A Comprehensive Synthesis of the Technological, Ecological and Political Critique of Blockchainism
I’ve just read one of the most lucid, wide-ranging, cross-disciplinary critiques of cryptocurrency and blockchain I’ve yet to encounter. It comes from David “DSHR” Rosenthal, a distinguished technologist whose past achievements include helping to develop X11 and the core technologies for Nvidia.
Rosenthal’s critique is a transcript of a lecture he gave to Stanford’s EE380 class, adapted from a December 2021 talk for an investor conference. It is a bang-up-to-date synthesis of many of the critical writings on the subject, glued together with Rosenthal’s own deep technical expertise. He calls it “Can We Mitigate Cryptocurrencies’ Externalities?”
The presence of “externalities” in Rosenthal’s title is key. Rosenthal identifies blockchainism’s core ideology as emerging from “the libertarian culture of Silicon Valley and the cypherpunks,” and states that “libertarianism’s attraction is based on ignoring externalities.”
This is an important critique of libertarianism. The idea that “liberty” is the freedom to do as you like, provided it doesn’t harm others is simple enough on its face, but the reality is very few of our actions are free from the potential to harm others. The freedom to drive, or operate a firearm, or to determine your own vaccination preferences all have impacts on others. We can (and should) argue about what consideration you owe to your neighbors and what tolerance they owe to you, but all to often, that argument is settled by ignoring it.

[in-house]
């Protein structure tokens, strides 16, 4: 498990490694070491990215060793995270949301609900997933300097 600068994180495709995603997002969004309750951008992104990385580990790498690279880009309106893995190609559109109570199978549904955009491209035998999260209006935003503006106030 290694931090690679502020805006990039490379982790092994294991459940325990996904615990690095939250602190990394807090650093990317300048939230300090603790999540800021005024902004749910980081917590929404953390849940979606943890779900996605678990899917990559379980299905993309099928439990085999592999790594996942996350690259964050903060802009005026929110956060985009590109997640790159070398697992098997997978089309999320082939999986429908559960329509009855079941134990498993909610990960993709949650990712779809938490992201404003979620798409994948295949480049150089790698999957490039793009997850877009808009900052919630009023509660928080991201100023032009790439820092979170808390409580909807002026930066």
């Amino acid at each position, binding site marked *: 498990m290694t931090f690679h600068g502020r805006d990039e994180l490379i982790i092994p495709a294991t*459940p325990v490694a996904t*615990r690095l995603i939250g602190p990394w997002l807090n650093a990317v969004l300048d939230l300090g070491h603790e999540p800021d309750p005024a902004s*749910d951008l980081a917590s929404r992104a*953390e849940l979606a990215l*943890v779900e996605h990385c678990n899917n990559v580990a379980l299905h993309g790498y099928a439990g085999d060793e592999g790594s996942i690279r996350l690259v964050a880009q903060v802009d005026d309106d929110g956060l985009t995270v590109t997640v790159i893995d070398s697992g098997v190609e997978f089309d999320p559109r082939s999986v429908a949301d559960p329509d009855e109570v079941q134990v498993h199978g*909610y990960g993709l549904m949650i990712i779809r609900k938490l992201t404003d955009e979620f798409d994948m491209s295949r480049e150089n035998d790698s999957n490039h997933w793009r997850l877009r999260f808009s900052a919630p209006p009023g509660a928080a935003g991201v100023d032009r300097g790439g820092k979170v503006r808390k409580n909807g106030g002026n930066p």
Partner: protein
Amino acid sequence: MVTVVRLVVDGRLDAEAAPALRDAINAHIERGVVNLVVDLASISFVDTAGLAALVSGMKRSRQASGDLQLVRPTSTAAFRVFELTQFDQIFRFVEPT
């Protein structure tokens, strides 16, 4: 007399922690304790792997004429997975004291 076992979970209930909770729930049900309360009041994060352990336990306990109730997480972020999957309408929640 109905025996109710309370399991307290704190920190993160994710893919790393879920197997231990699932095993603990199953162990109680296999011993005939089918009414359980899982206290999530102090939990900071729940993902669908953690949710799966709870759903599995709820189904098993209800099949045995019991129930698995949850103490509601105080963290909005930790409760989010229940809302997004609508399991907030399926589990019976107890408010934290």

Think of the people who talk about masking as a “personal choice.” Human beings have an undeniably entwined epidemiological destiny. There are few epidemiological choices that are purely personal — they redound to the people around you.
The existence of a shared destiny and the necessity of a society to manage it runs smack into the idea that messy personal conflicts are best resolved by carving out individual zones of autonomy. All too often, the libertarian definition of “liberty” is cover for “I don’t want to pay taxes to support a society.” This is a pretty…